Forgive me readers, for I have sinned. Back on August 26th I promised you that I’d have a short story posted by today. As you can see, I don’t have that here for you, but perhaps you’ll forgive me: I did give you the second installment of my Choose-Your-Own-Adventure far sooner than I had thought would happen, and I have actually finished the short story I’d intended to post today. I just haven’t edited it yet. My guess is that you’ll see that up here on Wednesday, though it won’t have any of the section that I teased you with last time (that should end up in another short story, which will come out sooner rather than later).
Finally, in hopes of making reparations, I offer you the flash fiction piece that I wrote over the weekend for Alison McKenzie’s contest. The rules were that the piece had to be between 100 and 750 words long, and had to use the phrase “When dawn broke, he knew it was all over.”
When Dawn broke, he knew it was all over. He’d been sitting in the observation room, watching her as she was grilled by the on-duty cop that’d brought her in. Charbroiled was more like it, seared by his invective and pungent insults. She’d never been as deep in it as he had, she didn’t think she had as much to lose. So she gave up the ghost then and there.
She had to know that someone would find out she’d talked. Chief Inspector Dennis was just happy that she’d never met him in person. To Dawn he was still Marigold, that nebulous figure that showed up and scared the shit out of the people who scared the shit out of her. It didn’t really matter anyway, since by now Dennis knew that the rest of his operation was about to come tumbling down. He waited, quietly leaning on the table with the other few people in the room, silent as they murmured to each other about what her testimony might mean. He sipped his coffee, feeling the slick styrofoam scrunching against his lips, almost sliding from his fingers but too fragile to hold tightly.
Cup emptied, he offered to fetch the others a refill. They declined, too caught up by the disturbing intricacies of pushing illicit human limbs on the waterfront’s black market to pay attention to his exit. It had been good while it lasted, another way to keep tabs on those lawless freaks while lining his own pockets with cash, but all good things must end. Dennis wandered out of the precinct, “headed out for lunch” he said, waving off with little more than a nod and a smile the staff sergeant’s idle reminder that there was an alert out for all travel through the docks district. They all knew he was Chief Inspector Dennis, he could take care of himself. He’d helped train nearly every beat cop that worked there, a perk of his revered position and excellent insurance for the next phase.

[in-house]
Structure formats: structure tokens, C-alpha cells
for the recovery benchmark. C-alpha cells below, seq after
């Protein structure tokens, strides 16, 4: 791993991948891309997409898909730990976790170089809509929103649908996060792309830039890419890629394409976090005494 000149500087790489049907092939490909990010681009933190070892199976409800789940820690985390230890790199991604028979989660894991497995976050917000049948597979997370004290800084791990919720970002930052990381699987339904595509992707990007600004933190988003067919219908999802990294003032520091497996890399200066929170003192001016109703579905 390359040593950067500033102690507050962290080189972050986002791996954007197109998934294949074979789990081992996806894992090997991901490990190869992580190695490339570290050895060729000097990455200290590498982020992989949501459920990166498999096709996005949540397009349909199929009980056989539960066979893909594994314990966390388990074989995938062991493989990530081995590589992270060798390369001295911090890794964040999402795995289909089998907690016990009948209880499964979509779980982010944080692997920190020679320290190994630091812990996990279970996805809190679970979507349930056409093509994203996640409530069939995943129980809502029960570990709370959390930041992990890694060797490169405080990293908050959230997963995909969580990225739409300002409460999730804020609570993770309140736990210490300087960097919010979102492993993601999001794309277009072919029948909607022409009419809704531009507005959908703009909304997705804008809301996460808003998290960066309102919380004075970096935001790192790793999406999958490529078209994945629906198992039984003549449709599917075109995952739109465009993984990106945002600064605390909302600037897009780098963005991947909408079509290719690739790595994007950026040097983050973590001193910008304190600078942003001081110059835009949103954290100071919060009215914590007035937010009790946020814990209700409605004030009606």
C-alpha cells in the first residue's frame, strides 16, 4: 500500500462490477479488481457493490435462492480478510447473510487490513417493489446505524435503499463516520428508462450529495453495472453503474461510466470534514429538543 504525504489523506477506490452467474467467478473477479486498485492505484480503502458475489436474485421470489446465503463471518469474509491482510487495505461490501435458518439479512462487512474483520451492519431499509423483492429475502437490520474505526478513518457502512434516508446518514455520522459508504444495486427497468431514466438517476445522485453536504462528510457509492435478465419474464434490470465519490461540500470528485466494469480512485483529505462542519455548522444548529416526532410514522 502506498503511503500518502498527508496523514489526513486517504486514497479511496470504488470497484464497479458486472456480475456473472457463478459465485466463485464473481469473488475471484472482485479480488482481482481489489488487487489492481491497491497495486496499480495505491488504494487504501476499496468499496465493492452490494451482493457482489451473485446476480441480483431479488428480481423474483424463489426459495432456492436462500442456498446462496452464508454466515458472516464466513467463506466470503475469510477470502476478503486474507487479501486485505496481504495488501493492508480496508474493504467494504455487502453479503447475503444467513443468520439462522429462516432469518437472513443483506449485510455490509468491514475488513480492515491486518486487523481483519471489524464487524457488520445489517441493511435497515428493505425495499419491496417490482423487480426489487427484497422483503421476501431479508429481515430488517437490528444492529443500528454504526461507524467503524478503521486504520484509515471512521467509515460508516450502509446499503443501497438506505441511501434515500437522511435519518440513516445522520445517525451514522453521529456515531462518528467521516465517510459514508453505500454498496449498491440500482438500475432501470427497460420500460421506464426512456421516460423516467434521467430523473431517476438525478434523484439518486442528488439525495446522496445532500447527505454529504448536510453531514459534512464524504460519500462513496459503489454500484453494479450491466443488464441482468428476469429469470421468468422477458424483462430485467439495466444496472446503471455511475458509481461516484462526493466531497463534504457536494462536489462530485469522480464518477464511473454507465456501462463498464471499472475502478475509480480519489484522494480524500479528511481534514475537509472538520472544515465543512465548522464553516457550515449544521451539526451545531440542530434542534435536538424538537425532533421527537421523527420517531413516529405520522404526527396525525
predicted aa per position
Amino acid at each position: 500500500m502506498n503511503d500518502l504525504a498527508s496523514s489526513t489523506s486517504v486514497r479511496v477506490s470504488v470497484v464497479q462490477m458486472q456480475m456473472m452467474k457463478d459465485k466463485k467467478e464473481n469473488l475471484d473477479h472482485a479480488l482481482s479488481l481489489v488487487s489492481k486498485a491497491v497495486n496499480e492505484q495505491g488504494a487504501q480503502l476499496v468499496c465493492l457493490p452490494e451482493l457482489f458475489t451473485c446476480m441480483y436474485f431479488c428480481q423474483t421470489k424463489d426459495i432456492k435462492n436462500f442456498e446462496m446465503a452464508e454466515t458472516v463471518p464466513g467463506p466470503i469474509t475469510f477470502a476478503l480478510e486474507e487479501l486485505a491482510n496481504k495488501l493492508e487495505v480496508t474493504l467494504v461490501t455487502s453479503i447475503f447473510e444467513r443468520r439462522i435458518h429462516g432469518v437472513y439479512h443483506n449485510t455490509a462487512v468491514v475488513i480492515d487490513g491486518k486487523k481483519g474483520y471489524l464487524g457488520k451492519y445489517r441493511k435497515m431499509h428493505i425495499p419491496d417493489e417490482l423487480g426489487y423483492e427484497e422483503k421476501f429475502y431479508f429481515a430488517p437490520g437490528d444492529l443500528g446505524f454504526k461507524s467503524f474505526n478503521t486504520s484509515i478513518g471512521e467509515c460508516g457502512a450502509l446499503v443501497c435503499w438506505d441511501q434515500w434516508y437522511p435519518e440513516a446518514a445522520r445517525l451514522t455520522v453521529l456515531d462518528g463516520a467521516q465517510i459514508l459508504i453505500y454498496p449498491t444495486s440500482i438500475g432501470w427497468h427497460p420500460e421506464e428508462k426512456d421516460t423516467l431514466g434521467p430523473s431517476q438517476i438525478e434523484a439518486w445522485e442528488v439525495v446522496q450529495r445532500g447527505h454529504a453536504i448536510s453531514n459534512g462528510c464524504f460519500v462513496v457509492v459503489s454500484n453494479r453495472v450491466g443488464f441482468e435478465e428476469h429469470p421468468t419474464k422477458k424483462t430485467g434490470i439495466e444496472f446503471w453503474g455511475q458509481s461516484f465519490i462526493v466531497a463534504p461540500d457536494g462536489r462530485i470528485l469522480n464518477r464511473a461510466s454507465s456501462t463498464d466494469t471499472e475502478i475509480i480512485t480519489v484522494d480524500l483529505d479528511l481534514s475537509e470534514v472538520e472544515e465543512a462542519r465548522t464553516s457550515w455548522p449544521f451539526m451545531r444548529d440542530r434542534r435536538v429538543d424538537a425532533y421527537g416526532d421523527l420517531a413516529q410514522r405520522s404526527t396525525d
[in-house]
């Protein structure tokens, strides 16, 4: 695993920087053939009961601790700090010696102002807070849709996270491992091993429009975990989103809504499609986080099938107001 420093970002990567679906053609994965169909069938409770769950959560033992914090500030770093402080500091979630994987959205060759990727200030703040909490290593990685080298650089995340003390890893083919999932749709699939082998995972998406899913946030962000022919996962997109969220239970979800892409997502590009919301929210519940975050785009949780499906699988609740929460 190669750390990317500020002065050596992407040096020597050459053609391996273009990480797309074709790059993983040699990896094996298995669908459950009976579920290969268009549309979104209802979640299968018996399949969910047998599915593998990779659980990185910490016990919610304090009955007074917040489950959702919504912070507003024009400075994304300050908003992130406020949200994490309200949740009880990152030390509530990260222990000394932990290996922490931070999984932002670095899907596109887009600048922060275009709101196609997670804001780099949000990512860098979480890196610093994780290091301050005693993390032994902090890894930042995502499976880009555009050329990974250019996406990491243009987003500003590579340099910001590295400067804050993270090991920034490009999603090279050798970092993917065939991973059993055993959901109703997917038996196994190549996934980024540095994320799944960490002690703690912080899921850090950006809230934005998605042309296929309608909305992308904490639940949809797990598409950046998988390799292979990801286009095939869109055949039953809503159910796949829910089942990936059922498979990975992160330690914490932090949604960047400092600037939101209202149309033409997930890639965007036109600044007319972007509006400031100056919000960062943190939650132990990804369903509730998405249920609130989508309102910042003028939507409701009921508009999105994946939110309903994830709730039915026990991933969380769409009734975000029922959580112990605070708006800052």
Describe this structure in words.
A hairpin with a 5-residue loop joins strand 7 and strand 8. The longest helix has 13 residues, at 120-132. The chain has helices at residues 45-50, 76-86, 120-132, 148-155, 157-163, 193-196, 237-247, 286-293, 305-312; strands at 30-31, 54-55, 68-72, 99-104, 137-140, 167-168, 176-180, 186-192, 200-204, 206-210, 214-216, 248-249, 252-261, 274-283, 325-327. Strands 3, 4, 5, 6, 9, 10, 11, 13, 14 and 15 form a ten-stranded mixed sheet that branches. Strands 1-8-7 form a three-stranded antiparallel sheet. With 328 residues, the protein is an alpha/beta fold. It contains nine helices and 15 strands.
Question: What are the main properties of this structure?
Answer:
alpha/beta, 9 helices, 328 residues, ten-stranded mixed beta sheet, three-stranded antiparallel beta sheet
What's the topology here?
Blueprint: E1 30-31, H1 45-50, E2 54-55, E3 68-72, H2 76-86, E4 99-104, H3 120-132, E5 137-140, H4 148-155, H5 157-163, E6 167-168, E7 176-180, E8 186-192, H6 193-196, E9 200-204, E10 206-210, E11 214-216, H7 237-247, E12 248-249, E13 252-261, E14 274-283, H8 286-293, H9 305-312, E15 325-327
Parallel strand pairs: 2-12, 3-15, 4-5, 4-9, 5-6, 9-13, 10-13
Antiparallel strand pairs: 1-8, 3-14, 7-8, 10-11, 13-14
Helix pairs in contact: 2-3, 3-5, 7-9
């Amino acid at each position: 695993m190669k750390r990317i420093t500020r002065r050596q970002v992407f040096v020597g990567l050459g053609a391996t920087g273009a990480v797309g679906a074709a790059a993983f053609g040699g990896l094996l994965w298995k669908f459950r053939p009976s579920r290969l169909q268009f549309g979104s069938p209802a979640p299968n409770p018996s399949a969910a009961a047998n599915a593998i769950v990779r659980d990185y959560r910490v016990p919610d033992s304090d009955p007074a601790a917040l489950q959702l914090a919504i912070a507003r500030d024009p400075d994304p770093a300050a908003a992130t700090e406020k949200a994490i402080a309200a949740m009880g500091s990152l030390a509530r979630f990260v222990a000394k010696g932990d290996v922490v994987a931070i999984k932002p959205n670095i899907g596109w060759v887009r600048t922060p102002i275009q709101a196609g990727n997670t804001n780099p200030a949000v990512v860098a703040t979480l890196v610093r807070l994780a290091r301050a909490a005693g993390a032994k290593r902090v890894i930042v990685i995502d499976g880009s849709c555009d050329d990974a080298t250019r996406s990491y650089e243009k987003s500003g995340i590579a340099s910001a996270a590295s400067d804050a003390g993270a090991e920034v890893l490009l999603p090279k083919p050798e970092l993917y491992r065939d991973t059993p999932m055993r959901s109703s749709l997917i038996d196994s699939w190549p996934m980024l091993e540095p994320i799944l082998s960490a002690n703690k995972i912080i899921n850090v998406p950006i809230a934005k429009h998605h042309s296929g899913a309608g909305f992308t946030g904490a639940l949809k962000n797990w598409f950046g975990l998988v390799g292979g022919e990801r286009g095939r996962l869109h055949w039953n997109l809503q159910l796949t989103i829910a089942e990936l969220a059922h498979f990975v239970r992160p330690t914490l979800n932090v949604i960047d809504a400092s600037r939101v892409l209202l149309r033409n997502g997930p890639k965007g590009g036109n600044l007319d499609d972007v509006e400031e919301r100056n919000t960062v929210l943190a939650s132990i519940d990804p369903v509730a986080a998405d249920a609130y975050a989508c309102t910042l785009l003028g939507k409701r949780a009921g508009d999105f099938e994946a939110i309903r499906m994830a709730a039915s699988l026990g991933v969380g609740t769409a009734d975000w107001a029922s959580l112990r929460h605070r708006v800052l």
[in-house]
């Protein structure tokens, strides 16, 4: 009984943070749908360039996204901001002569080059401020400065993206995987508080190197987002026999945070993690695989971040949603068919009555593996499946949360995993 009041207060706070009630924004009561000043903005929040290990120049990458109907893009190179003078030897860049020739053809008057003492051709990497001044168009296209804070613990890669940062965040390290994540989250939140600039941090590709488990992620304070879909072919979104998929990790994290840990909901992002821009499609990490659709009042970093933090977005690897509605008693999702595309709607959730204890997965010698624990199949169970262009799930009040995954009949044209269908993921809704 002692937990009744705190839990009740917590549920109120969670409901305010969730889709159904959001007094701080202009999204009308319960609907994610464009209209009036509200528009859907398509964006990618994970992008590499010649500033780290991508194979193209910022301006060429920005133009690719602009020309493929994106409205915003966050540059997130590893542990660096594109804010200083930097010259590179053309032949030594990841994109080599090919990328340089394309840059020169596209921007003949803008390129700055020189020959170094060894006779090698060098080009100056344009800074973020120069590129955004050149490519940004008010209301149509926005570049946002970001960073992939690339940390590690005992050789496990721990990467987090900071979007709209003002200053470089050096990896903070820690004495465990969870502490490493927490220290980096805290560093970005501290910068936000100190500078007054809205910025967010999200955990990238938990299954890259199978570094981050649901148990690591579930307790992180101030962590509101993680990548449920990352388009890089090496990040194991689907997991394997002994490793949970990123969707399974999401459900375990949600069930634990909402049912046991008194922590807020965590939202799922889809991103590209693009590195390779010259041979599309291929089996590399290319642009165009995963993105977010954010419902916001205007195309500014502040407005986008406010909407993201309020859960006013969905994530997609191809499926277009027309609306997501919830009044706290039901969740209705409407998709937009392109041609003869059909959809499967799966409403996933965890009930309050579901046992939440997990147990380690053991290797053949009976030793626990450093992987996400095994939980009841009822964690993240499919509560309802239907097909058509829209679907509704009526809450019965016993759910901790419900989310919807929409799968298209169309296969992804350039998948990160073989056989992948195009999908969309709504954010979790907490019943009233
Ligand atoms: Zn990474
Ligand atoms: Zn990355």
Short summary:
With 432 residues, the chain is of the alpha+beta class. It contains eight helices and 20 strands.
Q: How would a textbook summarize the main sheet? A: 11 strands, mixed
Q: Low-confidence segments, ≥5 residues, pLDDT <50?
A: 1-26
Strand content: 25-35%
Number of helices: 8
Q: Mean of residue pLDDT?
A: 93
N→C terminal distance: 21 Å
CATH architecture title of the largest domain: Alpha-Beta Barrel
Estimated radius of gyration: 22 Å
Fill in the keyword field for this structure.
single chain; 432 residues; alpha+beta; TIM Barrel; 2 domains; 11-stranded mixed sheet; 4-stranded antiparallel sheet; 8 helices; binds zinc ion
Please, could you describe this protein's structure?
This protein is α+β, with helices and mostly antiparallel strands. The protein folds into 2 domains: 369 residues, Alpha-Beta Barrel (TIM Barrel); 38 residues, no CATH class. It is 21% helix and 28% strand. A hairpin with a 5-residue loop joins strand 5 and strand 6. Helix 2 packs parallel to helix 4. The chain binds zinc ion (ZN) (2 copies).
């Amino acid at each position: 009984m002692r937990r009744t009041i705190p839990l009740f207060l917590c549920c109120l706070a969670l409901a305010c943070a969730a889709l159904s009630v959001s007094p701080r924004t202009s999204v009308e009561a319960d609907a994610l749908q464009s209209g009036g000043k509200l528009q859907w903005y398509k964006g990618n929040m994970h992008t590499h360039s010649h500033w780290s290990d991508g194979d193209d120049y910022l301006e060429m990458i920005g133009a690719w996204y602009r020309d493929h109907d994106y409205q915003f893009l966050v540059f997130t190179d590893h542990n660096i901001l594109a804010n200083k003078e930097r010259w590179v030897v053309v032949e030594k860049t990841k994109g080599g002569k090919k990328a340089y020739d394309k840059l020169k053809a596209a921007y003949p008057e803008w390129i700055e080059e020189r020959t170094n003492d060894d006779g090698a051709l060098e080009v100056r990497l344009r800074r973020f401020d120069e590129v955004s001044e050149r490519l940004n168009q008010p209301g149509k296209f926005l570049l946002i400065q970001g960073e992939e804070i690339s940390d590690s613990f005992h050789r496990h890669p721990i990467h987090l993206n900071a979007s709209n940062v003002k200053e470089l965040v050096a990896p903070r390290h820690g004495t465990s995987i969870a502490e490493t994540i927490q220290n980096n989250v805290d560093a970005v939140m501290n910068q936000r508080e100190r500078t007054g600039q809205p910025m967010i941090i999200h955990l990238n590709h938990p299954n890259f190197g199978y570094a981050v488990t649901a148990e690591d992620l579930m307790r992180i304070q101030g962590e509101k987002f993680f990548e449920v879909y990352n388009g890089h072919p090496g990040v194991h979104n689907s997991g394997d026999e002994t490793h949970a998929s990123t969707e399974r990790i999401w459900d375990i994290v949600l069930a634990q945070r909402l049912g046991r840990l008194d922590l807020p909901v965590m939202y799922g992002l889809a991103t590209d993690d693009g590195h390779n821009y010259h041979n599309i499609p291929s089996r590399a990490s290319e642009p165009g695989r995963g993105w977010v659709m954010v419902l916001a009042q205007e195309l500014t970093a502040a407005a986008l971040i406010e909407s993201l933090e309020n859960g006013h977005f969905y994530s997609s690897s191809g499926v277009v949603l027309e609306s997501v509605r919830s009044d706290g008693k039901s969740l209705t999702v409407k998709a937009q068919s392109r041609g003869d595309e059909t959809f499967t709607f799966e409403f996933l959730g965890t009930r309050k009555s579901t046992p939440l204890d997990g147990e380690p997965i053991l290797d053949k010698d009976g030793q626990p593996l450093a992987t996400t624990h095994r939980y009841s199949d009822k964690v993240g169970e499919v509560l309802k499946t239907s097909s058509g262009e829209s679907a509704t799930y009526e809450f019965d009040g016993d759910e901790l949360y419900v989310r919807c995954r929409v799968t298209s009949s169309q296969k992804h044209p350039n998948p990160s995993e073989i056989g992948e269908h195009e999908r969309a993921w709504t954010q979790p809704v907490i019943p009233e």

His emergency appointment with his very discreet on-call surgeon would take up the rest of his day, and, he suspected, a few days after that. It’d be a shame when the body of Chief Inspector Dennis was found, mutilated and beaten, carved up for spare parts by the chop-shop gangs near his favorite lunchtime diner, but it was a price he’d have to pay. It’d be a tragedy, and if the precinct did eventually learn of his involvement it might be mistaken for revenge for his “reign of terror,” as the gangsters had come to call it. A small smile graced his lips. He’d been a regular Robespierre with that big cleaver he called Guillotine, and having the cops find his body would help put that case to rest.
Not that he was planning on retiring. He’d still be there, still watching. Somebody had to keep an eye on things, after all. But maybe from a fresher perspective. He eyed a younger passerby appreciatively, wistfully remembering the ease of youth with a slight hint of anticipation. He was, he decided, looking forward to this next phase of his career. They said age and treachery always won out over youth and exuberance, but whoever’d coined that phrase never realized that you could have it both ways.
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